August 4, 2003
Wal-Mart Ordered to Recognize the Union
Company Ordered to Turn Over Information to Union
When meat cutters at a Jacksonville, Tex., Wal-Mart voted for United Food and Commercial Workers Local 540 representation, the company refused to recognize the union—and suddenly changed the job functions of the meat cutters with a change to case-ready meat. Wal-Mart believed it had successfully circumvented the UFCW’s first victory at one of its stores—until a National Labor Relations Board Administrative Law Judge ordered the company to recognize and bargain with Local 540 over the effects of the change to prepackaged meat. This order comes more than three years after the original union election.
“”Changing the way all of its store sells meat shows the extent to which Wal-Mart will go to keep the union out of its stores,”” says UFCW Executive Vice President Mike Leonard. “”Anytime management concocts a scheme to ratchet down people’s livelihoods, it says a lot about the real nature of the company.””
Wal-Mart quickly changed how the Jacksonville store’s meat department operated after the workers voted for Local 540, making the meat cutters into “”sales associates.”” The sudden switch to case-ready meat became evidence of the scope of Wal-Mart’s anti-union strategy. Wal-Mart even boasted to its managers in a Powerpoint presentation, “”It’s the ultimate union avoidance strategy!”” The meat cutters’ specialized skills were devalued once their work assignments were changed.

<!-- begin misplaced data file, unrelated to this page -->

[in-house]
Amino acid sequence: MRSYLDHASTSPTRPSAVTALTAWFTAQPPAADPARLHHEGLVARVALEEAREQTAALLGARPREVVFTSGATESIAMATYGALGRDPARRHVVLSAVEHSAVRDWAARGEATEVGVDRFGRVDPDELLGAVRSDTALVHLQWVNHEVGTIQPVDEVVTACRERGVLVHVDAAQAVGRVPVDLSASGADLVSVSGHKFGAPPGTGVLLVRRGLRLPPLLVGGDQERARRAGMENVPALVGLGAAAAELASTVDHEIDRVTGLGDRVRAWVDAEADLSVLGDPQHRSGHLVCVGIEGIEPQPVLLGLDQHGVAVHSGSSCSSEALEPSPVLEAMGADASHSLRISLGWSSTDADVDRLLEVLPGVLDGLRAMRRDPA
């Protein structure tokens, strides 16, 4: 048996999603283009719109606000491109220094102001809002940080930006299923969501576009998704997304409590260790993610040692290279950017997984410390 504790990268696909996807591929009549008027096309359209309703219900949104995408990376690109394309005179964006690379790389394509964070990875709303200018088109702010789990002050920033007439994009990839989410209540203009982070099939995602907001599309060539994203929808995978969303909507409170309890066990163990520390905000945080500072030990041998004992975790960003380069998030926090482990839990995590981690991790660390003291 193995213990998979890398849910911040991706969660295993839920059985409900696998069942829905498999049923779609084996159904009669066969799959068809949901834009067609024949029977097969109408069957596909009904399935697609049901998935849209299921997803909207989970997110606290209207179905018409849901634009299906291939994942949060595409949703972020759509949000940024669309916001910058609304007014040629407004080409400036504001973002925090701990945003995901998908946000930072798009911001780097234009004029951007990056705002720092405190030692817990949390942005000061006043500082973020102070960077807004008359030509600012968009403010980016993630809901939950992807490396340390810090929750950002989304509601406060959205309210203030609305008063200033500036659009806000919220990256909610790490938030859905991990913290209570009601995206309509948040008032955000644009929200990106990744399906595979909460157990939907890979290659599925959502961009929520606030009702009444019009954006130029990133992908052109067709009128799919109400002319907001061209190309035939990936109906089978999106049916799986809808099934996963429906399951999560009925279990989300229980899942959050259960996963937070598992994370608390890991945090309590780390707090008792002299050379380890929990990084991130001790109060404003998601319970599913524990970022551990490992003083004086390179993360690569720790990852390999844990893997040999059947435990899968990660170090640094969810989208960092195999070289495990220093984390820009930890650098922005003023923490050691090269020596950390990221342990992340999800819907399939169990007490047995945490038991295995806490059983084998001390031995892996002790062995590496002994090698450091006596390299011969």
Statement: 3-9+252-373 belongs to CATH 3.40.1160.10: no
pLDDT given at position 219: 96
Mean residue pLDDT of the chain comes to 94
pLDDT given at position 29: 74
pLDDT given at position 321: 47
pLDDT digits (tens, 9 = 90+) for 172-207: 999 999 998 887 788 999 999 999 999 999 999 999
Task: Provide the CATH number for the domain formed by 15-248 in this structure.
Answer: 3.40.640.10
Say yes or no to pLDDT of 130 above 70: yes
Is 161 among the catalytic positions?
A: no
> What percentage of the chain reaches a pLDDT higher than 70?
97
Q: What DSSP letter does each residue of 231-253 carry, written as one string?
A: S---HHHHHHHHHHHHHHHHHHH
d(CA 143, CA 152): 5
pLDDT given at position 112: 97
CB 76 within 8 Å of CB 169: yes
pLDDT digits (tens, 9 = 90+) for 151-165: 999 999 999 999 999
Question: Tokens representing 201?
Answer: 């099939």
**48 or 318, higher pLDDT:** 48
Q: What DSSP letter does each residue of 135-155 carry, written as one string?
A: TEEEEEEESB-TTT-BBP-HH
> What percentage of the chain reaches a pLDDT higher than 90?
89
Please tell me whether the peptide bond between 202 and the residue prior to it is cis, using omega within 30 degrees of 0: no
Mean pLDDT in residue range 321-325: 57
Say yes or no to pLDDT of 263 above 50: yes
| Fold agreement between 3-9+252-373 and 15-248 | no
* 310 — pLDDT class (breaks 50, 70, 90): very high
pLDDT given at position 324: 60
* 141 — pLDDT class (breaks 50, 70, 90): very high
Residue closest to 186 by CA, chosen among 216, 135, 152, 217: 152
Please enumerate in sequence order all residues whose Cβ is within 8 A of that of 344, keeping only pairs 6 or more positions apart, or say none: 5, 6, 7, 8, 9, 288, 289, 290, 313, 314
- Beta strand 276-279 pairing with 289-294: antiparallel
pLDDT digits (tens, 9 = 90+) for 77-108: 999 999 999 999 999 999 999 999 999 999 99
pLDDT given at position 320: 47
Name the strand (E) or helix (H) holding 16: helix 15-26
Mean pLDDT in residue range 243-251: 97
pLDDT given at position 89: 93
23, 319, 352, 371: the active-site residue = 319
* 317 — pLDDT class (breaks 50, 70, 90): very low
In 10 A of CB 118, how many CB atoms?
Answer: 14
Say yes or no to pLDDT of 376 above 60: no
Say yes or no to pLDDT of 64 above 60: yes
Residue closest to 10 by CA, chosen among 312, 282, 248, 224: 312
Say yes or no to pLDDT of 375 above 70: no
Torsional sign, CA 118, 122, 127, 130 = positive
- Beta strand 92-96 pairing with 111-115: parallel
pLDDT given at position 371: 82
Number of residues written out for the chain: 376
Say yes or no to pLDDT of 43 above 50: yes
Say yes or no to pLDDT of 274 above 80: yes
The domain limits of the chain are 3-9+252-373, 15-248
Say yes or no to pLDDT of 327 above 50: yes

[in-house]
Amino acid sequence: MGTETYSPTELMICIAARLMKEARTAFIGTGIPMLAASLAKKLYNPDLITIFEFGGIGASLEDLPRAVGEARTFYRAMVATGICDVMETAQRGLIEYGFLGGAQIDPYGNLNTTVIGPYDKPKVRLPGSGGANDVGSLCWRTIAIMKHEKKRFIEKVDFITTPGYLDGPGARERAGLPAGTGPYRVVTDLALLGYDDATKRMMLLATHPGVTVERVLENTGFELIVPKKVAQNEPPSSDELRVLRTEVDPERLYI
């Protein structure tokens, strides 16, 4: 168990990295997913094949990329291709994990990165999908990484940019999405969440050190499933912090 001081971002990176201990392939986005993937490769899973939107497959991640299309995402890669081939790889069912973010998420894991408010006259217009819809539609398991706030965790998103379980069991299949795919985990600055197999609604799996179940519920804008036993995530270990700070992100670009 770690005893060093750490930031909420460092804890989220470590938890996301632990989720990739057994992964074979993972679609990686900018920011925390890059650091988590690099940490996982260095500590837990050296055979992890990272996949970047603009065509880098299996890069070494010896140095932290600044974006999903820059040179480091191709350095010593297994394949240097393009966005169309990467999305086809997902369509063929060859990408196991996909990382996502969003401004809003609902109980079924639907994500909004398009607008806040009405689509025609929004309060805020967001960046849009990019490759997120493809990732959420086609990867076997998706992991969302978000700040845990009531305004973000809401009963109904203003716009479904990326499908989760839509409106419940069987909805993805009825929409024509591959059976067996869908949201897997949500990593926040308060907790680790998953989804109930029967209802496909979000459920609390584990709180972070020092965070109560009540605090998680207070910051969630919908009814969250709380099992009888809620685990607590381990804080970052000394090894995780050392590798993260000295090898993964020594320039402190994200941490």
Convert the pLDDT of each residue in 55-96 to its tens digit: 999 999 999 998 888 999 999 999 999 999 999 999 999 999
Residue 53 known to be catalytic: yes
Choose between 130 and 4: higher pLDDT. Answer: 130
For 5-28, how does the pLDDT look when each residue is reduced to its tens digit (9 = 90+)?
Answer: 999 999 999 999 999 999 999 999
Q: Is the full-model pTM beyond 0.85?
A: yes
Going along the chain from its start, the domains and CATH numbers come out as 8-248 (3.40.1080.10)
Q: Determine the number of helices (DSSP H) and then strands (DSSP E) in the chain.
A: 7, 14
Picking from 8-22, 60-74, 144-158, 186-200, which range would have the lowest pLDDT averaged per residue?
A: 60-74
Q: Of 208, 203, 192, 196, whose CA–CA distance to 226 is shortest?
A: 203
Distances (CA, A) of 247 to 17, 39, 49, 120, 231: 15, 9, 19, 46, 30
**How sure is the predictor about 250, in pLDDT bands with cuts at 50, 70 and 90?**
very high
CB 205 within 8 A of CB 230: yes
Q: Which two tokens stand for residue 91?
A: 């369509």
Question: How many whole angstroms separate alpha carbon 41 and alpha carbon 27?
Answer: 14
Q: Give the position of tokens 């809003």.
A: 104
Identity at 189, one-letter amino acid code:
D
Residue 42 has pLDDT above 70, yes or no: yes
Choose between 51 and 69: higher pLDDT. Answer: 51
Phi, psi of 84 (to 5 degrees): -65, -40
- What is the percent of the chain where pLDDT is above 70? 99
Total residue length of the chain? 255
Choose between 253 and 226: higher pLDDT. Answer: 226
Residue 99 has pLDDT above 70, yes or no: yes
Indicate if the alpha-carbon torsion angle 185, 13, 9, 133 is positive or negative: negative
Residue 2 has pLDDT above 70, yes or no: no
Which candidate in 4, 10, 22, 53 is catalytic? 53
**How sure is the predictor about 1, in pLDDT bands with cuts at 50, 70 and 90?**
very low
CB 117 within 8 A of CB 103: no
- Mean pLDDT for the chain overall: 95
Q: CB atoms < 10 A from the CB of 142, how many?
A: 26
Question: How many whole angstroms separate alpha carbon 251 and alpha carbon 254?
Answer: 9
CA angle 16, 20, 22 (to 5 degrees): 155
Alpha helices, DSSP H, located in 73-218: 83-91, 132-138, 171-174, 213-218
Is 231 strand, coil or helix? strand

“”The absence of future wage increases, coupled with the effects of inflation, constitute a very demonstrable and adverse effect,”” the judge concluded. “”The elimination of work requiring their special skills greatly affected both job satisfaction and future earning potential.”” The judge has ordered Wal-Mart to recognize UFCW Local 540 as the bargaining representative for the meat cutters, and restore the department to its prior structure. The judge also ordered Wal-Mart to bargain with Local 540 concerning the effects of the decision to eliminate meat cutting from the Jacksonville store. Wal-Mart must provide the information regarding decision to switch to prepackaged meats that it withheld from the workers’ union at the time of the change.
On Tuesday, Local 540 President Johnny Rodriguez formally requested the start of bargaining with Wal-Mart. Such negotiations would mark the first time that Wal-Mart and the union would sit at the bargaining table.
“”This is a historic decision – the first bargaining order issued against Wal-Mart in the United States,”” explains Leonard. “”It is a victory for all Wal-Mart workers who are fighting for a voice at work.””
The meat cutters in Jacksonville became the first group of workers to vote for union representation at Wal-Mart in February, 2000. Just one month later—during a separate NLRB hearing on a union election at a meat department in Palestine, Tex.—Wal-Mart announced it had decided to replace freshly cut meat with case-ready meat-eliminating the need for meat cutters in every one of its stores. Wal-Mart has repeatedly stated that it will not bargain with any union, and has taken steps to prevent workers from organizing in stores across North America.